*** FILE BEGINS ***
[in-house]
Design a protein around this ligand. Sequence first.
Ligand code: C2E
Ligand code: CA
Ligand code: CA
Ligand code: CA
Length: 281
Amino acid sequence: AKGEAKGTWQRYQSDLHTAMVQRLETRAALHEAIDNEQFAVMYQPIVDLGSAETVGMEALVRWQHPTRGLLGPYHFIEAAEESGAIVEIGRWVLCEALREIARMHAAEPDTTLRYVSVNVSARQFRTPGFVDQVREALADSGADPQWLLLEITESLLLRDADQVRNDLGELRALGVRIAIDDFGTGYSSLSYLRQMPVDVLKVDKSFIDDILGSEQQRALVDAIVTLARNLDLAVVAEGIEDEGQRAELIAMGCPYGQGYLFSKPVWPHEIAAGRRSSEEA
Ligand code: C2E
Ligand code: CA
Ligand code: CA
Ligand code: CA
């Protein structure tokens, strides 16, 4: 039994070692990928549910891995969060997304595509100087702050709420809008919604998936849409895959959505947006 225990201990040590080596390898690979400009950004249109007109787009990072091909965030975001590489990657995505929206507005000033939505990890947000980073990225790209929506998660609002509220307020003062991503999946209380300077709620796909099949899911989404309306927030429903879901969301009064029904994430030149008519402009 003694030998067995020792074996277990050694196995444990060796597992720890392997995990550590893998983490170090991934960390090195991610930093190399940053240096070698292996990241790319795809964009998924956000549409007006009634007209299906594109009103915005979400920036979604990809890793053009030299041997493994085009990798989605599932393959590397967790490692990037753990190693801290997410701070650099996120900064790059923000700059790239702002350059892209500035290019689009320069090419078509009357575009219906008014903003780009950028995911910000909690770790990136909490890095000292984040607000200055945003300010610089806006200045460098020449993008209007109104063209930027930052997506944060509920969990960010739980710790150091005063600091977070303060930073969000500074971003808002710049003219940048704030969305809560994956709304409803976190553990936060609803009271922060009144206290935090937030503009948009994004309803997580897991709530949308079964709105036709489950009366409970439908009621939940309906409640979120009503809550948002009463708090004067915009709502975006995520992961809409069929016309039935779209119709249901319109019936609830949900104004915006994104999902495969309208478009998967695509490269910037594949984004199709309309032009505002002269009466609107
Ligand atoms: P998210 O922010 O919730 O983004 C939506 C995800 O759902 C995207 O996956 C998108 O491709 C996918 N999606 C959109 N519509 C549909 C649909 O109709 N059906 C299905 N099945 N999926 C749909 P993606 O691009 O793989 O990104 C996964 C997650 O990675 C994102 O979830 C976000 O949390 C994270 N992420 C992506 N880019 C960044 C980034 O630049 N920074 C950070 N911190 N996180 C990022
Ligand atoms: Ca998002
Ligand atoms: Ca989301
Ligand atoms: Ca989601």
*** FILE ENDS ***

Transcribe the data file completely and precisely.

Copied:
[in-house]
Design a protein around this ligand. Sequence first.
Ligand code: C2E
Ligand code: CA
Ligand code: CA
Ligand code: CA
Length: 281
Amino acid sequence: AKGEAKGTWQRYQSDLHTAMVQRLETRAALHEAIDNEQFAVMYQPIVDLGSAETVGMEALVRWQHPTRGLLGPYHFIEAAEESGAIVEIGRWVLCEALREIARMHAAEPDTTLRYVSVNVSARQFRTPGFVDQVREALADSGADPQWLLLEITESLLLRDADQVRNDLGELRALGVRIAIDDFGTGYSSLSYLRQMPVDVLKVDKSFIDDILGSEQQRALVDAIVTLARNLDLAVVAEGIEDEGQRAELIAMGCPYGQGYLFSKPVWPHEIAAGRRSSEEA
Ligand code: C2E
Ligand code: CA
Ligand code: CA
Ligand code: CA
């Protein structure tokens, strides 16, 4: 039994070692990928549910891995969060997304595509100087702050709420809008919604998936849409895959959505947006 225990201990040590080596390898690979400009950004249109007109787009990072091909965030975001590489990657995505929206507005000033939505990890947000980073990225790209929506998660609002509220307020003062991503999946209380300077709620796909099949899911989404309306927030429903879901969301009064029904994430030149008519402009 003694030998067995020792074996277990050694196995444990060796597992720890392997995990550590893998983490170090991934960390090195991610930093190399940053240096070698292996990241790319795809964009998924956000549409007006009634007209299906594109009103915005979400920036979604990809890793053009030299041997493994085009990798989605599932393959590397967790490692990037753990190693801290997410701070650099996120900064790059923000700059790239702002350059892209500035290019689009320069090419078509009357575009219906008014903003780009950028995911910000909690770790990136909490890095000292984040607000200055945003300010610089806006200045460098020449993008209007109104063209930027930052997506944060509920969990960010739980710790150091005063600091977070303060930073969000500074971003808002710049003219940048704030969305809560994956709304409803976190553990936060609803009271922060009144206290935090937030503009948009994004309803997580897991709530949308079964709105036709489950009366409970439908009621939940309906409640979120009503809550948002009463708090004067915009709502975006995520992961809409069929016309039935779209119709249901319109019936609830949900104004915006994104999902495969309208478009998967695509490269910037594949984004199709309309032009505002002269009466609107
Ligand atoms: P998210 O922010 O919730 O983004 C939506 C995800 O759902 C995207 O996956 C998108 O491709 C996918 N999606 C959109 N519509 C549909 C649909 O109709 N059906 C299905 N099945 N999926 C749909 P993606 O691009 O793989 O990104 C996964 C997650 O990675 C994102 O979830 C976000 O949390 C994270 N992420 C992506 N880019 C960044 C980034 O630049 N920074 C950070 N911190 N996180 C990022
Ligand atoms: Ca998002
Ligand atoms: Ca989301
Ligand atoms: Ca989601």